A Short Introduction to Schizophrenia

Adam "was a wonderfully, sweet young man," his mother said. He was a high school athlete and captain of his team, active in his college fraternity, a good student. He had graduated from college and started working while studying for a professional certification exam when something inside him changed. . . Adam stopped being careful about his personal appearance. He told his parents he suspected them of communicating with each other in secret ways, such as in sign language which he couldn't understand. He began to hear his mother's voice in his head and he asked her why she was sending him messages. . . he was diagnosed with schizophrenia.

What is schizophrenia?

Schizophrenia, a disease of the brain, is one of the most disabling and emotionally devastating illnesses known to man. But because it has been misunderstood for so long, it has received relatively little attention and its victims have been undeservingly stigmatized. Schizophrenia is not a split personality, a rare and very different disorder. Like cancer and diabetes, schizophrenia has a biological basis; it is not caused by bad parenting or personal weakness. Schizophrenia is, in fact, a relatively common disease, with an estimated one percent to one and a half percent of the U.S. population being diagnosed with it over the course of their lives. While there is no known cure for schizophrenia, it is a very treatable disease. Most of those afflicted by schizophrenia respond to drug therapy, and many are able to lead productive and fulfilling lives.

What are its symptoms?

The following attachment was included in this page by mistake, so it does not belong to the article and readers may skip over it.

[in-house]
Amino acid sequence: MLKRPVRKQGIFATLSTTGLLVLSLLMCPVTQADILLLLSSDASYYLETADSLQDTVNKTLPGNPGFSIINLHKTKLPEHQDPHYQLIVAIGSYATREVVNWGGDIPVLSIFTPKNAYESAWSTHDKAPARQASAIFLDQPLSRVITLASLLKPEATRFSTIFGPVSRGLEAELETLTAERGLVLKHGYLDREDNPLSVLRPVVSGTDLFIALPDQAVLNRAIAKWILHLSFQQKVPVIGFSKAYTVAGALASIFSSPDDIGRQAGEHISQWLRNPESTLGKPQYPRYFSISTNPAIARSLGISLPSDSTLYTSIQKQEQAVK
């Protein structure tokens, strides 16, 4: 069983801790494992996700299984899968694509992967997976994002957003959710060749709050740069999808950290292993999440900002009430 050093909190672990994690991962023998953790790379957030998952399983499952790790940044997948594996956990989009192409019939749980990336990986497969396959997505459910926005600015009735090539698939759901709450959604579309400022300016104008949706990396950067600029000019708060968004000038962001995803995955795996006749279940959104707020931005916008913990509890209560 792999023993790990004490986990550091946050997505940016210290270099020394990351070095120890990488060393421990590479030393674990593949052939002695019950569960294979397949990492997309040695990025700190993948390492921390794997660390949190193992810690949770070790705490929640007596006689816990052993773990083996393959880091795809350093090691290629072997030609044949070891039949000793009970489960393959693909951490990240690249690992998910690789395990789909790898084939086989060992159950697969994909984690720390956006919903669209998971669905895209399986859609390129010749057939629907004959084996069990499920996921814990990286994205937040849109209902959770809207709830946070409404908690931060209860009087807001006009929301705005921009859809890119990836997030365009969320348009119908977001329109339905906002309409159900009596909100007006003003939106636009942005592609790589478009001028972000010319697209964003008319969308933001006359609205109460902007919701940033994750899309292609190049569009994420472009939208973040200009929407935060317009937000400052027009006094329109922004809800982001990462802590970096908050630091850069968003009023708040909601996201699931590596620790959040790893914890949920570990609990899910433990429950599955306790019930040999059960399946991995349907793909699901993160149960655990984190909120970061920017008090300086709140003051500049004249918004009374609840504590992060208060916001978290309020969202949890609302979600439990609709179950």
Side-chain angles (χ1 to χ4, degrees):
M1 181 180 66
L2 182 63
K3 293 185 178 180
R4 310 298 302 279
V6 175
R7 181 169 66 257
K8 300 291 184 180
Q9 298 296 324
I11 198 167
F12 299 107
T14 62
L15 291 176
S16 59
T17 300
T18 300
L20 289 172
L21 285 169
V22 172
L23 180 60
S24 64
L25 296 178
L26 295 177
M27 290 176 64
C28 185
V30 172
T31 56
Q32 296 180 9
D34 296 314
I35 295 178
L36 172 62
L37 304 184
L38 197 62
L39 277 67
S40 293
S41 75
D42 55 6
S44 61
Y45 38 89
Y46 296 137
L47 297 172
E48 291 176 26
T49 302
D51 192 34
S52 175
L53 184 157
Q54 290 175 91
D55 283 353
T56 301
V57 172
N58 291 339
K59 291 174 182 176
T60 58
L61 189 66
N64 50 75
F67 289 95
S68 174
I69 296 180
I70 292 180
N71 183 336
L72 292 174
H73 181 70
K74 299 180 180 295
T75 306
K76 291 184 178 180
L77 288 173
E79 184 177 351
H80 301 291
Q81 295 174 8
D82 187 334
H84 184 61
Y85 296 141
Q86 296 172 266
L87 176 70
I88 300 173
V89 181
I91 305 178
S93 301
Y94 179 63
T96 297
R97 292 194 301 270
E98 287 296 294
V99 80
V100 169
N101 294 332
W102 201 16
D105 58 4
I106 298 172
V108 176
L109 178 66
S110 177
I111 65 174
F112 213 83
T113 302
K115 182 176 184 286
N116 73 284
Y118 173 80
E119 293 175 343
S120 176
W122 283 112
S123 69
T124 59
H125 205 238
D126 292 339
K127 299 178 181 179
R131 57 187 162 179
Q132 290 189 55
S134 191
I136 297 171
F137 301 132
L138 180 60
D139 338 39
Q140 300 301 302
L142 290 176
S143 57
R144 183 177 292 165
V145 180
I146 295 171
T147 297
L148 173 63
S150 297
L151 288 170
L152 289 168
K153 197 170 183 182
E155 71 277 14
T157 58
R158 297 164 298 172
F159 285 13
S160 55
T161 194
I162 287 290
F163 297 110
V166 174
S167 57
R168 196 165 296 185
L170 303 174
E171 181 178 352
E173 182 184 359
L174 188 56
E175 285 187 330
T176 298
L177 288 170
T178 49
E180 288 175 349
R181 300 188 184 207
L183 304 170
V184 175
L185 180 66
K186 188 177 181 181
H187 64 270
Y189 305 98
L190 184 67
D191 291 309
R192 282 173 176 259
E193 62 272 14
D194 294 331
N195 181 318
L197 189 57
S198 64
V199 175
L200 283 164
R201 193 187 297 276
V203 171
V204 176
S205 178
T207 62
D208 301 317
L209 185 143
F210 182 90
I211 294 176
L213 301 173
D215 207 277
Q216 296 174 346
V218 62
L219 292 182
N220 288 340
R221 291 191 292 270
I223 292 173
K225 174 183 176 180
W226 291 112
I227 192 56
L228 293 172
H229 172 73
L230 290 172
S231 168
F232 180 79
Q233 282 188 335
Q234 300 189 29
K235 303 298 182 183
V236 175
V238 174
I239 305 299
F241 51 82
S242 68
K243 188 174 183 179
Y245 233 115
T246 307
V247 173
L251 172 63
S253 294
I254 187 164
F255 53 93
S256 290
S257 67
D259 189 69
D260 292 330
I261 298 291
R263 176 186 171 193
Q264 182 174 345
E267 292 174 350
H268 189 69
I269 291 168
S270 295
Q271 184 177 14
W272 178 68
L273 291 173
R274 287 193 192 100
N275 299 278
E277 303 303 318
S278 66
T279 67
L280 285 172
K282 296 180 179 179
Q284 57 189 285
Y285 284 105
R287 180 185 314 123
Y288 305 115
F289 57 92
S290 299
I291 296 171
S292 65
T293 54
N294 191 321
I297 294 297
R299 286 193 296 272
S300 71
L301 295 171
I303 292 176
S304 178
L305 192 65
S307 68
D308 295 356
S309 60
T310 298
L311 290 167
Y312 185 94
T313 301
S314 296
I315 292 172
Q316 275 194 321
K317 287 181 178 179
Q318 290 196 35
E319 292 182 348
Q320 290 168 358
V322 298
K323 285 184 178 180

Schizophrenia is characterized by a constellation of distinctive and predictable symptoms. The symptoms that are most commonly associated with the disease are called positive symptoms, that denote the presence of grossly abnormal behavior. These include thought disorder, delusions, and hallucinations. Thought disorder is the diminished ability to think clearly and logically. Often it is manifested by disconnected and nonsensical language that renders the person with schizophrenia incapable of participating in conversation, contributing to his alienation from his family, friends, and society. Delusions are common among individuals with schizophrenia. An affected person may believe that he is being conspired against (called "paranoid delusion"). "Broadcasting" describes a type of delusion in which the individual with this illness believes that his thoughts can be heard by others. Hallucinations can be heard, seen, or even felt; most often they take the form of voices heard only by the afflicted person. Such voices may describe the person's actions, warn him of danger or tell him what to do. At times the individual may hear several voices carrying on a conversation. Less obvious than the "positive symptoms" but equally serious are the deficit or negative symptoms that represent the absence of normal behavior. These include flat or blunted affect (i.e. lack of emotional expression), apathy, and social withdrawal).